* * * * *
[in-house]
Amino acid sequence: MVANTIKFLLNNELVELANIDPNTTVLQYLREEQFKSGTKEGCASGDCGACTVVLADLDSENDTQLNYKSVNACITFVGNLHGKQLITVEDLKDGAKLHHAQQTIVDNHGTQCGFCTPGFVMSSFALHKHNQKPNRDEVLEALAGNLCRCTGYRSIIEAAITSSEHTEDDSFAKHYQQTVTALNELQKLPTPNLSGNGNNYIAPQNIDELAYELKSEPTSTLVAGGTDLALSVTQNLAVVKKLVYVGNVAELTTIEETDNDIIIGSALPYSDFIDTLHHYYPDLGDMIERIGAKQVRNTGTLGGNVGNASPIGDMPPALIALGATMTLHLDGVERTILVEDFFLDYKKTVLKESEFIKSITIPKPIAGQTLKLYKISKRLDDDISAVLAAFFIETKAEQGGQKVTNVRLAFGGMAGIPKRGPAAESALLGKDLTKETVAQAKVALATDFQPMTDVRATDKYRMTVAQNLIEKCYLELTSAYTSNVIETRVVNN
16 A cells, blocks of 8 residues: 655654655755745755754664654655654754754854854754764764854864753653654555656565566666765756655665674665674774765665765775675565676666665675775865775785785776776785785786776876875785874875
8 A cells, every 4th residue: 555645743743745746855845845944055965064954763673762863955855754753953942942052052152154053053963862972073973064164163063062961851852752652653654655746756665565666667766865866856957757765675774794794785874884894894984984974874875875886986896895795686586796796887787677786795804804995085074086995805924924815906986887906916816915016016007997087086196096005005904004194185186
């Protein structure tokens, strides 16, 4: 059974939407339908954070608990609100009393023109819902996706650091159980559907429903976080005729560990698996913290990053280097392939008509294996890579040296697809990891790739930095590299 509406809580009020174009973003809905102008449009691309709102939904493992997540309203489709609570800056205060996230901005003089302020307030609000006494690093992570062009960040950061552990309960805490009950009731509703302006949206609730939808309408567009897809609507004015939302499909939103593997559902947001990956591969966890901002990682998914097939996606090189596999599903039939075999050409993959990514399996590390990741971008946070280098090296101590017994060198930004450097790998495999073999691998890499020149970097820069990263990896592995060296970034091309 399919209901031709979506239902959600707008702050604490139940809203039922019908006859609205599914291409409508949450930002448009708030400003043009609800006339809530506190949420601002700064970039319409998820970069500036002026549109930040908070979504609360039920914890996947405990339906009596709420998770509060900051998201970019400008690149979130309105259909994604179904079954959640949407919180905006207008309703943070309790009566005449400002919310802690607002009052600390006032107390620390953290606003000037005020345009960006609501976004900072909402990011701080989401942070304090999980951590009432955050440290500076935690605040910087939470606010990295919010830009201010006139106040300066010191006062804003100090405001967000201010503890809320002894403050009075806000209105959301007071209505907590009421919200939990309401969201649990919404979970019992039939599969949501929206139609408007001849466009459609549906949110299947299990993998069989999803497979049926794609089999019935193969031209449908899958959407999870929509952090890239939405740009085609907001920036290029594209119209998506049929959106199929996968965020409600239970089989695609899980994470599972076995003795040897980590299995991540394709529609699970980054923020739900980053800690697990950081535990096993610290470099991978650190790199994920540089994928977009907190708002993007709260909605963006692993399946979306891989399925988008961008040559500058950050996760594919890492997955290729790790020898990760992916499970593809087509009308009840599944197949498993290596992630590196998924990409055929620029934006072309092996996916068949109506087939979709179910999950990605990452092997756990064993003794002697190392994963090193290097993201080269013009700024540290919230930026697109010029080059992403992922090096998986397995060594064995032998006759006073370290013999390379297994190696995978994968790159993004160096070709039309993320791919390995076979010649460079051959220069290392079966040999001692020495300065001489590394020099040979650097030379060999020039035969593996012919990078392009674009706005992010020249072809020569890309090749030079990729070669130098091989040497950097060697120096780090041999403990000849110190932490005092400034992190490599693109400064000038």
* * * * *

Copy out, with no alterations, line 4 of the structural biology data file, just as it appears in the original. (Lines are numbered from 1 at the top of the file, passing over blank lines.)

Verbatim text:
8 A cells, every 4th residue: 555645743743745746855845845944055965064954763673762863955855754753953942942052052152154053053963862972073973064164163063062961851852752652653654655746756665565666667766865866856957757765675774794794785874884894894984984974874875875886986896895795686586796796887787677786795804804995085074086995805924924815906986887906916816915016016007997087086196096005005904004194185186